Office: Mitchell Hall 214
Ph.D., Earth Science, Ohio State University, 2018
B.S., Environmental Science and Applied Mathematics, UNC Chapel Hill, 2013
I am a postdoc in the Global Hydrology Lab working with Tamlin Pavelsky. My research interests include snow hydrology and regional climate modeling. For my PhD, I produced a new climatological estimate of North American mountain snow accumulation using Weather Research and Forecasting (WRF) model simulations. For my postdoc research, I will use WRF to predict end-of-century changes to precipitation and snowpack for California’s Sierra Nevada mountains. Our future predictions will be used to estimate the effects of climate change on California’s agriculture and energy generation.
Wrzesien, M.L., M.T. Durand, T.M. Pavelsky, S. B. Kapnick, Y. Zhang, J. Guo, and C. K. Shum. 2018. A new estimate of North American mountain snow accumulation from regional climate model simulations. Geophysical Research Letters, 45. doi: 10.1002/2017GL076664.
Li, D., M.L. Wrzesien, M. Durand, J. Adam, D.P. Lettenmaier. 2017. How much runoff originates as snow in the western United States and how will that change in the future? Geophysical Research Letters, 44, 6163-6172. doi: 10.1002/2017GL073551.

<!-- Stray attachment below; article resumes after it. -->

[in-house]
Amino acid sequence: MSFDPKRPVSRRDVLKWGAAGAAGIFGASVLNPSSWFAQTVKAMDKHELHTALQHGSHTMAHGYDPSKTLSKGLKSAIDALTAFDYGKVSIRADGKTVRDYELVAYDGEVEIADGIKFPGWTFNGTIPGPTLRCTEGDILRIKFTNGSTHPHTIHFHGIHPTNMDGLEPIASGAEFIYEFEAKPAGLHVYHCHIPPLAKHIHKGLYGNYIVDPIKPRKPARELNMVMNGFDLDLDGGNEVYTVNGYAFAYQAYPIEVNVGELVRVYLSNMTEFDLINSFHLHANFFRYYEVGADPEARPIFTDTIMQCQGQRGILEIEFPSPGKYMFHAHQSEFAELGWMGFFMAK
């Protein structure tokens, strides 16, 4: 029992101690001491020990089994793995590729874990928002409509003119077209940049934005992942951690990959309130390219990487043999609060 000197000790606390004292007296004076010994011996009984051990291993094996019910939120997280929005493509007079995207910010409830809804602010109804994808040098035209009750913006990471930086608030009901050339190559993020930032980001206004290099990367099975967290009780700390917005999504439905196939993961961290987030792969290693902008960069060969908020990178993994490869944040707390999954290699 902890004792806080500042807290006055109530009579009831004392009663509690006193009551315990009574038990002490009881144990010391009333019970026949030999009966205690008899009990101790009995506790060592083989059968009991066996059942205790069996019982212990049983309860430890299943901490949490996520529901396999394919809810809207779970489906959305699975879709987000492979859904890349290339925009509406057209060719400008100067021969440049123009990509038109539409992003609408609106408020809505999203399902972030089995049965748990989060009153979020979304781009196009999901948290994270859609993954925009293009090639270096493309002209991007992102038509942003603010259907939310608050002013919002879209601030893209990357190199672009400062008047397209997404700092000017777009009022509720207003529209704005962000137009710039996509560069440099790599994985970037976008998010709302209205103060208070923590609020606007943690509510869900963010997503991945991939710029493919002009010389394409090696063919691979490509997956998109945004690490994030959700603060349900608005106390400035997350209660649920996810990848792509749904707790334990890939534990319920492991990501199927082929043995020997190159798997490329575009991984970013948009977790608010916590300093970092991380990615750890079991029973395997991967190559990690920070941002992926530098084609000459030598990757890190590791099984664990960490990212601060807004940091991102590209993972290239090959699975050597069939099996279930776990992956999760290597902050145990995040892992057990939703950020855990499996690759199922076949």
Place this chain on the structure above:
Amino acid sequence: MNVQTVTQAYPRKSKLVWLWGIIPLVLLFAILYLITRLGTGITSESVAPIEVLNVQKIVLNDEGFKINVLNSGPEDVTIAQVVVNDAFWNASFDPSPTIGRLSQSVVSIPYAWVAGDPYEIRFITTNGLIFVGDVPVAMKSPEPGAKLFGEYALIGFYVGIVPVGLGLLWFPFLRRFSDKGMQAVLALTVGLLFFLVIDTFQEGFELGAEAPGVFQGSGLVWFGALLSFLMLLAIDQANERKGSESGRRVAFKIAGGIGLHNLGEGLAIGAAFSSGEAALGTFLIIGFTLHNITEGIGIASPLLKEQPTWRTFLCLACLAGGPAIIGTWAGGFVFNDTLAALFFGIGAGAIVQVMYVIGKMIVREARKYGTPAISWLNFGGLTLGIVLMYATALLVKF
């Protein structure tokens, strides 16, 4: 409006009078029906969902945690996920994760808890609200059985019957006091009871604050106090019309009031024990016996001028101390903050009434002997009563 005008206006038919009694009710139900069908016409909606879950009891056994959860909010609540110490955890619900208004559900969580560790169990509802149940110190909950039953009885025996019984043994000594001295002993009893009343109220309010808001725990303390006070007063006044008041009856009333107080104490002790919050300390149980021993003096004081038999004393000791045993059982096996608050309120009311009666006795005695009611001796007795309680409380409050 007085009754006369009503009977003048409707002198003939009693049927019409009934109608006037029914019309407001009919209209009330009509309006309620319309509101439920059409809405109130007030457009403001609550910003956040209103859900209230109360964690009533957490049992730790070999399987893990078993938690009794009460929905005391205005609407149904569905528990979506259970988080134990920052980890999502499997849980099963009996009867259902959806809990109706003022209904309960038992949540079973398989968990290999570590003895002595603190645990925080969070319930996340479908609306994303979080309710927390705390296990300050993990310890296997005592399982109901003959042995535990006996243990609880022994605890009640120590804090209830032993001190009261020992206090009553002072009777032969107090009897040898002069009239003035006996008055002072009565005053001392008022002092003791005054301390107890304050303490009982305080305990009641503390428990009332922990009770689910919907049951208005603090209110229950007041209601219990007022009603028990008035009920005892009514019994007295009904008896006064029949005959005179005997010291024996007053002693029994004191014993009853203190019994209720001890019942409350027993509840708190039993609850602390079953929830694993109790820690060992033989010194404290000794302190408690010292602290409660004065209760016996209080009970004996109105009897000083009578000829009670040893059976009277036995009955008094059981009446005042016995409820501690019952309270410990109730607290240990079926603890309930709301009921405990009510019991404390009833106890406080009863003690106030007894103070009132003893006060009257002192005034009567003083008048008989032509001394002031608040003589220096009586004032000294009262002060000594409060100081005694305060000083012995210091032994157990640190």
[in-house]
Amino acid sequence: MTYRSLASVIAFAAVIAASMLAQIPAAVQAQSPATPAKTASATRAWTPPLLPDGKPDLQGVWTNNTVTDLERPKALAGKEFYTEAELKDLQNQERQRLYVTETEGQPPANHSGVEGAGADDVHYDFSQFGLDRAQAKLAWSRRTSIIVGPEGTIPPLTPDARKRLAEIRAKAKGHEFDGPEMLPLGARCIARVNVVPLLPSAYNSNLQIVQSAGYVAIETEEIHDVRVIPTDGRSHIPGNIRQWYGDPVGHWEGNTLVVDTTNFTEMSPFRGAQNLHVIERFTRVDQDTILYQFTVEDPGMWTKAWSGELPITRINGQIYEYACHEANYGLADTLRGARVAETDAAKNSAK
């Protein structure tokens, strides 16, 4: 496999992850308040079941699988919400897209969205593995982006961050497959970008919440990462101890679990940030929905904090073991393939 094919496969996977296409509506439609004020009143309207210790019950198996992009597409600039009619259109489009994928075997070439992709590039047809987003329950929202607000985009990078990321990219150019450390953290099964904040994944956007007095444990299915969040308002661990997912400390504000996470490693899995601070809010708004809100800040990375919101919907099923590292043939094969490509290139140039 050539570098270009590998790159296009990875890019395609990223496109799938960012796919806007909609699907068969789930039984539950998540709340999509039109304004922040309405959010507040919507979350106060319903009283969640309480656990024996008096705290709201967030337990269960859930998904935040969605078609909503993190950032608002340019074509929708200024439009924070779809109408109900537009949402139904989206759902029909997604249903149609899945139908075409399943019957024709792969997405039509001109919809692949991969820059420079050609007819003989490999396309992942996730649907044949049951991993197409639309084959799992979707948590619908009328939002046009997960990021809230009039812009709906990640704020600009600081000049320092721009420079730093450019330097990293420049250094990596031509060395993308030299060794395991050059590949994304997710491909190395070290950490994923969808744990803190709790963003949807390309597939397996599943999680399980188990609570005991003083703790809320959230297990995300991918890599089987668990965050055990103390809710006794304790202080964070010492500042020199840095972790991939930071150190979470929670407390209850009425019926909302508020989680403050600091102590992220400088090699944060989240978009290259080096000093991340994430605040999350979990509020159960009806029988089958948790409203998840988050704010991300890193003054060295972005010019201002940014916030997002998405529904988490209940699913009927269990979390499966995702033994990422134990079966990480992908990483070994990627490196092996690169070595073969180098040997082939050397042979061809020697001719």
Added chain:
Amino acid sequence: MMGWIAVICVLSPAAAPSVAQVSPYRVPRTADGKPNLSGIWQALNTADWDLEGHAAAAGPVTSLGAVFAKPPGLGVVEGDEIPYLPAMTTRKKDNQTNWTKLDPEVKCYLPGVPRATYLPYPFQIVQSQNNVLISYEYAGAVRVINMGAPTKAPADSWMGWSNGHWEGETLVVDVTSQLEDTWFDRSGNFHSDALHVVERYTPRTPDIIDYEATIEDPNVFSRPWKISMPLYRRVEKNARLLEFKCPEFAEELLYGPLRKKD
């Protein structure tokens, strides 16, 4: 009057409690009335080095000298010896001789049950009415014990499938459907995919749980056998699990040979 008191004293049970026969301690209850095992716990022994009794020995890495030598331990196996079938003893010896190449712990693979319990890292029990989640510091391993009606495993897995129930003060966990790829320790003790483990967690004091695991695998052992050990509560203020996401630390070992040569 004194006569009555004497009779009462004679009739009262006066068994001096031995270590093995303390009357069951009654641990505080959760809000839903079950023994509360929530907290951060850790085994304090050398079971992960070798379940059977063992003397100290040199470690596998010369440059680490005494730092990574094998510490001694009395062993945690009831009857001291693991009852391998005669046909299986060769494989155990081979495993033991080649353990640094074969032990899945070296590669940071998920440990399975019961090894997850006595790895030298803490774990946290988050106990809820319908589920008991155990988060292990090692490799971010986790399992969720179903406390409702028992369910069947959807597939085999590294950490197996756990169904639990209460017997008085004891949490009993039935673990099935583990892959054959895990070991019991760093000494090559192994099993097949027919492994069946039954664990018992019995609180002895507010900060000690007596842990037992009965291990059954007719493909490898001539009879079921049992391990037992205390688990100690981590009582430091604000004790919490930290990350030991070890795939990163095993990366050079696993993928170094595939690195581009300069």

Wrzesien, M.L., M.T. Durand, T.M. Pavelsky, I.M. Howat, S.A. Margulis, and L.S. Huning. 2017. Comparison of Methods to Estimate Snow Water Equivalent at the Mountain Range Scale: A Case Study of the California Sierra Nevada. Journal of Hydrometeorology, 18: 1101-1119. doi: 10.1175/JHM-D-16-0246.1
Wrzesien, M.L., T.M. Pavelsky, S.B. Kapnick, M.T. Durand, and T.H. Painter. 2015. Evaluation of Snow Cover Fraction for Regional Climate Simulations in the Sierra Nevada. International Journal of Climatology, 35: 2472-2484. doi: 10.1002/joc.4136
Wise, E.K., M.L. Wrzesien, M.P. Dannenberg, and D.L. McGinnis. 2015. Cool-Season Precipitation Patterns Associated with Teleconnection Interactions in the United States. Journal of Applied Meteorology and Climatology, 54(2): 494-505. doi: 10.1175/JAMC-D-14-0040.1